Same-sex marriage and civil unions
04/23/08 12:00PM By Jane Lindholm  Download MP3
When civil unions were created in Vermont eight years ago, they were the
result of heated and prolonged debate that started with the question of
how to guarantee equal rights to same-sex couples. Now a new commission
has released a report that studies whether that equality has been
achieved. Tom Little, the chair of the Commission on Family Recognition
and Protection, explains the findings, recommendations and next steps
for the legal status of same-sex couples.
Also in the program, the role of religion in higher education. Pope Benedict XVI addressed the presidents of U.S. Catholic colleges in Washington DC last week, and President Jack Neuhauser of Saint Michael's College was among them. Jane Lindholm talks with Neuhauser about the pope's message to education leaders, and how the principle of academic integrity intersects with religious instruction. (Listen)
And if the recent warm weather wasn't a cue, the calendar will tell you: it's time for summer snack shacks and creemee stands to re-open for the season. We visit with Joe's Snack Bar in Jericho as the owner prepares for Thursday's opening day. (Listen)
Listener comments on same-sex marriage:
Andrew from Rutland:
With regard to people opposed to same sex marriage, my question has always been, "Why the opposition? If you do not like "gay marriage" don't marry someone of the same sex. How does same sex marriage affect a straight marriage? Let's focus on issues that really matter in this world; climate issues, health care for all, poverty, food, etc. and let people live their lives with a pursuit of happiness.
Kurth in Springfield:
What happened to the "pursuit of happiness" and the separation of church and state? As a Vermont citizen, I feel it's everyone right to pursue their ideal, regardless of social stigma. The citizens of Vermont made the choice to accept Civil Unions. The rights of my gay neighbors to live their life as they see fit, is their right, just as it is mine and yours.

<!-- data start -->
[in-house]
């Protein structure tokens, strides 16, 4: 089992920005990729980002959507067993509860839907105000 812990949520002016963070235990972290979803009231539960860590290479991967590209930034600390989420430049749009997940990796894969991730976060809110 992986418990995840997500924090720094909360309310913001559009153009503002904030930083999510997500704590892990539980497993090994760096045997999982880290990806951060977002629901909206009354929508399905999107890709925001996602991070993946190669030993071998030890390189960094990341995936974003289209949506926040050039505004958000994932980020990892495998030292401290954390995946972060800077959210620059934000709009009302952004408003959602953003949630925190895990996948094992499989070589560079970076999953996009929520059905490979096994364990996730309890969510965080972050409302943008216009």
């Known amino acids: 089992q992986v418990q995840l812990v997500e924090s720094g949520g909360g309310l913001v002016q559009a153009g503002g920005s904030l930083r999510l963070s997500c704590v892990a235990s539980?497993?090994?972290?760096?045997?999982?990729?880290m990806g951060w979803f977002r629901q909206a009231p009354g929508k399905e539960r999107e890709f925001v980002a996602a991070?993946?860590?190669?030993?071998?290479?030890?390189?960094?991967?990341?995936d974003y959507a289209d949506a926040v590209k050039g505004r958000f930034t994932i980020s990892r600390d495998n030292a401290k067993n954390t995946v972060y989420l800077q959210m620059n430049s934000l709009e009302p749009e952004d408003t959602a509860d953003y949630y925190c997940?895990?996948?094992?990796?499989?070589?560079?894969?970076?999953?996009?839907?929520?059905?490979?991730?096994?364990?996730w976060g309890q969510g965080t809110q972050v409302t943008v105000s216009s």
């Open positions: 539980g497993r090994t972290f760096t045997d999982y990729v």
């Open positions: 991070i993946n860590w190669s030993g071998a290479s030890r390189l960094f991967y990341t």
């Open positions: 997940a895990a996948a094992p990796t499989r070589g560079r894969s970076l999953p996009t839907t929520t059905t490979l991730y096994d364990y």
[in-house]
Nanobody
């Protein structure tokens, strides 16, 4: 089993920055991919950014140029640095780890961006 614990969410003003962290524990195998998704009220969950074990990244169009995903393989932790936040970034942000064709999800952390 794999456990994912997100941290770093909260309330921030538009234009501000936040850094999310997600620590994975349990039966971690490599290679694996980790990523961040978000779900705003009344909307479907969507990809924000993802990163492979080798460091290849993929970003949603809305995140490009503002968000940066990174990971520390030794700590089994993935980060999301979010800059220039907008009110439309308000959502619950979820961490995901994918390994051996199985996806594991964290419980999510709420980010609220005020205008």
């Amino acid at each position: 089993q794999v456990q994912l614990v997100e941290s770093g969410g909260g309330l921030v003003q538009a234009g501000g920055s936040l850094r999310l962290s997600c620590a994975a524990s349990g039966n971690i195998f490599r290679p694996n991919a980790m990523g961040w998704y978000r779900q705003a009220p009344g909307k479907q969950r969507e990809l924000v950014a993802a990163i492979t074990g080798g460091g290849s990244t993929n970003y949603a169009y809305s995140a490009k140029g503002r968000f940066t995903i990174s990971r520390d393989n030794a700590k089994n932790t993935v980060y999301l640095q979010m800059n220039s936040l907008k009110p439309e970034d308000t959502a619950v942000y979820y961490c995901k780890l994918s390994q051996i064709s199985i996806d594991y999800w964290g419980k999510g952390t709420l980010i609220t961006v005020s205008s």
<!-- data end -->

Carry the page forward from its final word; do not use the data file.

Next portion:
Listener named Todd:
Mr. Little is disingenuous when he claims that there is "no tradition" of non-binding referendum votes in Vermont. At the discussion at Vermont Law School last October before the Commission, Law Professor Teachout pointed out that this device had been used 16 times over the course of Vermont's history, and specfically advocated such a course to discover Vermonter's inclinations. His comments were not well received by the Commission.
Skeeter from Huntington:
Listening to today's discussion of same-sex marriage in Vermont, I must remind Rev. Craig Bensen that his longtime call for a statewide referendum on the issue is legally impractical. The Vermont Constitution authorizes statewide referenda only for the purpose of ratifying amendments or revisions to the Constitution itself. Any referenda on same-sex marriage, therefore, can be conducted only at the town level and even then, only on a non-binding, advisory basis.
Moreover, ever since the U.S. Supreme Court fully legalized private, consensual same-sex relationships in 2003 (Lawrence v. Texas), I have argued that the issue of legalizing same-sex marriage should be seen as less of an issue of civil rights for gay and lesbian couples and more of an issue of separation of church and state.
It's no accident that the fiercest opponents of same-sex marriage repeatedly invoke religious approbations against homosexuality as their justification to bar gay and lesbian couples from marrying legally. They have wrongfully confused the institution of civil marriage with the religious sacrament of holy matrimony. Contrary to popular belief, the two are not the same thing.
Religious institutions have every right under the First Amendment to deny the sacrament of holy matrimony to gay and lesbian couples on religious grounds. But the very same First Amendment bars the state from employing religious objections to deny civil marriage to gay and lesbian couples. The state is further barred from doing so by the Religious Test Clause (Article VI, Section 3) of the Constitution.
It is, therefore, no longer a question of if same-sex marriage will be legal in Vermont and all 49 other states, but when.